England hit back to silence Dragons' roar in epic opener
Wales 16 England 21
The crowd silenced, the opposition subdued, the roof defiantly open, England's sweet chariot roared out of Cardiff last night with their World Cup year launched in the most uplifting fashion.
Chris Robshaw's side avenged the humiliation of two years ago with a grafting, well-earned victory over one of the pre-tournament favourites, setting themselves up for a shot at a first ever Six Nations title in the Stuart Lancaster era.
They recovered from a ten-point deficit to overhaul Wales in some style, George Ford landing the clinching penalty with a minute remaining. This was only their second victory in 12 years over Wales at the Millennium Stadium, their 14th since 1893 in Cardiff. On 11 of those previous 13 wins here they have gone on to the win the title, already becoming something of a Holy Grail for this trophyless regime. The portents are favourable. This was a landmark night for Lancaster's England.
They do emotion so well in these parts. The decibel level was ramped up prior to the game almost as if to compensate for England's decision to leave the roof open.
The locals were intent on being loud and intimidating come what may. It worked well in Wales' favour. They thrived on that feverish atmosphere with a cracking opening.
The son et lumière production prior to kick-off has its place but only if the action itself can match the hype and hoopla.
There was a delayed entrance as the teams had a stand-off in the tunnel as to who would go out first, the match kicking off seven minutes later than scheduled.
England captain Robshaw, as he was entitled to do, stood his ground and insisted his players did not go out on their own on to the Millennium Stadium pitch in front of a hostile crowd.
There are times when you yearn just for the rugby to be allowed to take centre stage. And, boy, it did, and was worth the wait. Wales made a thunderous start: Toby Faletau claiming the kick-off from under English noses, Wales going wide, Jonny May failing to roll away and Leigh Halfpenny striking gold with his first pot at goal from 45 metres.
Moments later, calamity struck when George Kruis spilt the ball near his own line. From the scrum, Faletau was missed by James Haskell, the No 8 offloading wonderfully to his scrum-half, Rhys Webb, who scampered outside May for a try. Halfpenny converted and it was 10-0.
The Welsh full-back is a danger from anywhere within the opposition half, banging over another long-range effort midway through the half. A straightforward miss later stunned everyone.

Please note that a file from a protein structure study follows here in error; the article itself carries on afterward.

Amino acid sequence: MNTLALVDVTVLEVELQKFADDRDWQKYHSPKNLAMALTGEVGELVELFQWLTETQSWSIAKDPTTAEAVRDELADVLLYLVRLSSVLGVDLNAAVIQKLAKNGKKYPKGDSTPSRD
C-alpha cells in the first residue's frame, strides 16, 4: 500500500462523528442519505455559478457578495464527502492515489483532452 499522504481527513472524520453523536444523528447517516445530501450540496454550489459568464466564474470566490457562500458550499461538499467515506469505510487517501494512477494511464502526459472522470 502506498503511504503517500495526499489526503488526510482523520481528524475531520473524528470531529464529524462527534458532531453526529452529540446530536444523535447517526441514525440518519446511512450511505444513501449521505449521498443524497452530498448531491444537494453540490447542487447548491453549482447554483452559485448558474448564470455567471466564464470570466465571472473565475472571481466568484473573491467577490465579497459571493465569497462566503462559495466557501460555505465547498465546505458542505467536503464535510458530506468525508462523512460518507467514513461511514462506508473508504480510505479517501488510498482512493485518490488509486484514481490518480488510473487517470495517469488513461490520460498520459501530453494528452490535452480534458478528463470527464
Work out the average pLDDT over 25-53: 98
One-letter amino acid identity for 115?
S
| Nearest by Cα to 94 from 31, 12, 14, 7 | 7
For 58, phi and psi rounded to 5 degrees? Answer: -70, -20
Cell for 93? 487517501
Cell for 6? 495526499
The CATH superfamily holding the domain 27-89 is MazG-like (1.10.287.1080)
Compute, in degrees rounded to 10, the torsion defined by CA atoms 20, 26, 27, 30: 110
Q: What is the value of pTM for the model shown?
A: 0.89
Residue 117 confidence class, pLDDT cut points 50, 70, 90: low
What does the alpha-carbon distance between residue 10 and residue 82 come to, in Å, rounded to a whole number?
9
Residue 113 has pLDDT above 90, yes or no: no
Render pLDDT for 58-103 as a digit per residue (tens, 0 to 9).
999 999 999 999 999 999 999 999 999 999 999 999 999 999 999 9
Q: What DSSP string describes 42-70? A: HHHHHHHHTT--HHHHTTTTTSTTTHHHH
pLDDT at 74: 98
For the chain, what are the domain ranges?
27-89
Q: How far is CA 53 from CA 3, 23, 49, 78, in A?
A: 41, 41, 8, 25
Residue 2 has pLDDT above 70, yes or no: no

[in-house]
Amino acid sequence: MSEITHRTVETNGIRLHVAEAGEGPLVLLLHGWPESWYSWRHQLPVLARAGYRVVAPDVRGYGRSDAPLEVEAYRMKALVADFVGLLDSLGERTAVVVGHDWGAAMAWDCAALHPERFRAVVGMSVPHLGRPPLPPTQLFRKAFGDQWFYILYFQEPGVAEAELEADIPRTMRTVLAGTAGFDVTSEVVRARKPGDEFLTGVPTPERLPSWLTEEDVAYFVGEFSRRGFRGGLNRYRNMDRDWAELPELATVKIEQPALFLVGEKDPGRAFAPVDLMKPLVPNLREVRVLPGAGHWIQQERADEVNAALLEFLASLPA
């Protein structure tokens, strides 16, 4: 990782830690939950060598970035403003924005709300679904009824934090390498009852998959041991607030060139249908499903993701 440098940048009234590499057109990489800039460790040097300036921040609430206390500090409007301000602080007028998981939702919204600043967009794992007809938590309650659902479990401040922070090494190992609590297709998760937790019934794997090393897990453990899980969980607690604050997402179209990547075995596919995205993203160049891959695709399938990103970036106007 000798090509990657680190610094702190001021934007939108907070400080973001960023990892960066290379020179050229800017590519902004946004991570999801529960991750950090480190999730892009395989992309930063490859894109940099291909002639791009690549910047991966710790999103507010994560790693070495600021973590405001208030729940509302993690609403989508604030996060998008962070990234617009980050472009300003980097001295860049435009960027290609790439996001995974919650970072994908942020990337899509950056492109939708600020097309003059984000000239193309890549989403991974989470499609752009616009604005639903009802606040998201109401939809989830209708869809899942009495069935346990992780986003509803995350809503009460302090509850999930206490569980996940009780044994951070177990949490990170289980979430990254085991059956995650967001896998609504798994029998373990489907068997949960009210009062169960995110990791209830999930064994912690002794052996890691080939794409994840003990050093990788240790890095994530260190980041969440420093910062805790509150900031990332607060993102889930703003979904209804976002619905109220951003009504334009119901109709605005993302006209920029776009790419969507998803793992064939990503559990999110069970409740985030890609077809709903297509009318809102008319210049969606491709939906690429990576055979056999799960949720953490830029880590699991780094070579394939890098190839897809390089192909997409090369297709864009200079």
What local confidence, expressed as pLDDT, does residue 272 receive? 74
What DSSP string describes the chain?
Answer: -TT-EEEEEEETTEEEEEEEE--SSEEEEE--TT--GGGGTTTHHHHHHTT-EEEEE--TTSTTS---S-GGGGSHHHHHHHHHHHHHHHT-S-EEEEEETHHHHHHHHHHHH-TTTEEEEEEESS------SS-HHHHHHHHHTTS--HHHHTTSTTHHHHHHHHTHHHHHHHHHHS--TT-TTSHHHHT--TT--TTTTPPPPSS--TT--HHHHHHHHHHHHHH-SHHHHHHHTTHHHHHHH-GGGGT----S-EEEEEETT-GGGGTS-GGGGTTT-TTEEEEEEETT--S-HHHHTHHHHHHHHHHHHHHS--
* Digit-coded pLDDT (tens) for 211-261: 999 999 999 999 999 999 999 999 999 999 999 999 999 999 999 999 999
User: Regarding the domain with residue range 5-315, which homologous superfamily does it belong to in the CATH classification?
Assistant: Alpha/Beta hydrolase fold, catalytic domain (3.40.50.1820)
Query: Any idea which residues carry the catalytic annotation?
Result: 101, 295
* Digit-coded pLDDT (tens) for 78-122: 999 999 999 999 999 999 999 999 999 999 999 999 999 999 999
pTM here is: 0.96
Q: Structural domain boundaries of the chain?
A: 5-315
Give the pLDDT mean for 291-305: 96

England's fledgling centre partnership, the 11th different combination used by Lancaster in his three-year reign as head coach, had braced themselves for an arduous shift.
Luther Burrell and Jonathan Joseph are only on nodding terms by comparison with the long-established duo in opposition, Jamie Roberts and Jonathan Davies, together for the 33rd time in the red of Wales, on song and on message, a formidable act in any company. Burrell lost his first ball in contact, while Joseph almost managed so slip clear.
But it was Burrell's sharp reaction to a bobbing ball that got England back into the match in double-quick fashion, the centre finding Mike Brown, whose deft nudge through behind the defence was snapped up by wing, Anthony Watson.
It got England off the ropes and into the contest. They prospered at the scrum, and had the edge on Wales but it was the home side who rounded off an engaging first half in good heart when Dan Biggar knocked over a 40-metre dropped goal to send them into the break with a 16-8 lead.
England realised that they had to play to their strength and use their pack to batter forward, draw in the defence. And that is just what they did to immediate effect. On and on they churned, probing for an opening.
Wales's resolve was firm but they finally had to cede in the 20th phase.
And it was Joseph's wriggling ability to work his way through the tackle that did the damage, the Bath centre slipping outside Biggar and then shrugging off George North to skip over for a fine try. Ford's conversion was a formality and England were right back at the races, only a point adrift within four minutes of the restart.
England then had a gilt-edged chance to move ahead for the first time in the game only for Ford to fluff a relatively routine effort, albeit from 45 metres. A score at that juncture would have been a real fillip for England. On such small margins.
There was a sense of a gathering force about England's forward play. The tide was turning. England came again, driving a line-out, Haskell breaking clear and driving deep into Welsh 22.
The Wasps flanker was hauled down as he collided with the posts, Faletau and Alex Cuthbert saving a try only for Cuthbert to be yellow carded for interfering. Ford kicked the penalty to give his side a narrow 18-16 advantage.
England did not make best use of the man advantage, scoring just the three points from the original offence. It was unremitting, the collisions ferocious. Nick Easter made his first appearance in four years when coming on with ten minutes to go and into the second-row.
England thought they had clinched victory when Dave Attwood appeared to get over in the 75th minute only for the television match official to help rule the score invalid for supposed blocking by Easter. It was a savagely harsh call. But Ford settled nerves with a penalty at the death. (© Daily Telegraph, London)
Wales - L Halfpenny; A Cuthbert, J Davies, J Roberts, G North; D Biggar, R Webb (M Phillips 69); G Jenkins (P James 60), R Hibbard, S Lee (A Jarvis 72); J Ball (L Charteris 69), AW Jones, D Lydiate, S Warburton, T Faletau.
England - M Brown; A Watson, J Joseph, L Burrell, J May: Ford, B Youngs (R Wigglesworth 69); J Marler (M Vunipola 55), D Hartley (T Youngs 55), D Cole (K Brookes 62); D Attwood, G Kruis (N Easter 72); J Haskell, C Robshaw, B Vunipola.
Ref - J Garces (France).